Thinking about middle school is thinking about transitions and growth milestones. Fifth graders graduate from their elementary school as ‘grown ups’. They represent their school proudly because they have reached an important milestone but transitioning from such a familiar environment to middle school can be a challenging time. In 6th grade, students may feel anxious about entire new routines, apprehensive about making new friends or missing the ones they had to leave behind, concerned about their ability to respond to the expectations of an increased number of teachers, and worried about their physical changes. In addition, and according to a Pew Research Center conducted in 2019, 45% of all U.S. teens say that they use their phones and are on the internet almost all the time as a pastime and stay connected. The need for online teaching this school year, most likely has increased this percentage and therefore, the concerns from educators and parents about the amount of screen time and the proper use of technology by pre- adolescent youth and adolescent youth.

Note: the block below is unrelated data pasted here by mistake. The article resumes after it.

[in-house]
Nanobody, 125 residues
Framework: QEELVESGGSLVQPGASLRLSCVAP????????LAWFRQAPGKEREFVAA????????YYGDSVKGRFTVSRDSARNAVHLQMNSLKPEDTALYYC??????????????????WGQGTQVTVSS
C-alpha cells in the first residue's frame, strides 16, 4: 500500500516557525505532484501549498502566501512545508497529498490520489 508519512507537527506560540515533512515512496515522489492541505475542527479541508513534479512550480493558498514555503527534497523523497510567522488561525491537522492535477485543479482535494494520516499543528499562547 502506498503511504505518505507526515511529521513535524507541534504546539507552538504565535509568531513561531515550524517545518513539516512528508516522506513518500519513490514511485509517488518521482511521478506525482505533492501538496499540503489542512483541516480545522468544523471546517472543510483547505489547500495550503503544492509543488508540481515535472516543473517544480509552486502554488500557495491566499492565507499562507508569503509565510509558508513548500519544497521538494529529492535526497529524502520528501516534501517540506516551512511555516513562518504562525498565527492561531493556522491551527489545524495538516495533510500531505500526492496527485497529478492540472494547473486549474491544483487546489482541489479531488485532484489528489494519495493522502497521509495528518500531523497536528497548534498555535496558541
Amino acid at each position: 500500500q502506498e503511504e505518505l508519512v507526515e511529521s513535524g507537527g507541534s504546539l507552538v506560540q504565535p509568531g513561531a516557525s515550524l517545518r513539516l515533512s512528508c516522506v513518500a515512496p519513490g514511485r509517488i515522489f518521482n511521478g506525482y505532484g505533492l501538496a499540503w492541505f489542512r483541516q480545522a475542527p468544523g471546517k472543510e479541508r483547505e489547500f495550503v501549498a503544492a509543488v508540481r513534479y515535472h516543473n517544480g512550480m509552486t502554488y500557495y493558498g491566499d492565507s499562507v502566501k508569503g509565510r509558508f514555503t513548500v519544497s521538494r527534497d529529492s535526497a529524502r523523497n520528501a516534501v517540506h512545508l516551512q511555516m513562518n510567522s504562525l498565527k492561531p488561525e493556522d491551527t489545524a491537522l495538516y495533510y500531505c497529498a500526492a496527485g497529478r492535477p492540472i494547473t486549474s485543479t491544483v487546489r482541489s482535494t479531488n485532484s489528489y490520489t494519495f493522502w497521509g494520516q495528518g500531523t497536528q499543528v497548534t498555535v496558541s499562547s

In this article, we highlight the value of a holistic teaching and learning approach that includes understanding digital responsibility to support the social-emotional development growth and academic progress of middle school students. We also encourage you to learn more about digital citizenship by attending an upcoming webinar that will be facilitated by Dr. Scharbach, principal of St. Frances de Sales Academy.
Developing Habits that Support Growing Adolescents
In her webinar, Dr. Eutsay distinguishes between acknowledging students’ maturity during middle school and a deeper understanding of this social-emotional and cognitive growth. This deeper understanding fosters students’ maturity ‘with excellence.’
Middle school students who are at a crossroad with their social development at a transitional age, bring their own worldview and experiences into the classroom. Teachers who recognize the “myriad layers that shape these students’ worldview and behavior” (Eutsay*, 2021) can turn these developmental challenges into opportunities that will benefit students during their middle school years and beyond.
This holistic approach values the importance of the whole and the interdependency of its parts and engages students through their social, emotional, and spiritual dimensions. More specifically, an effective teaching plan considers that,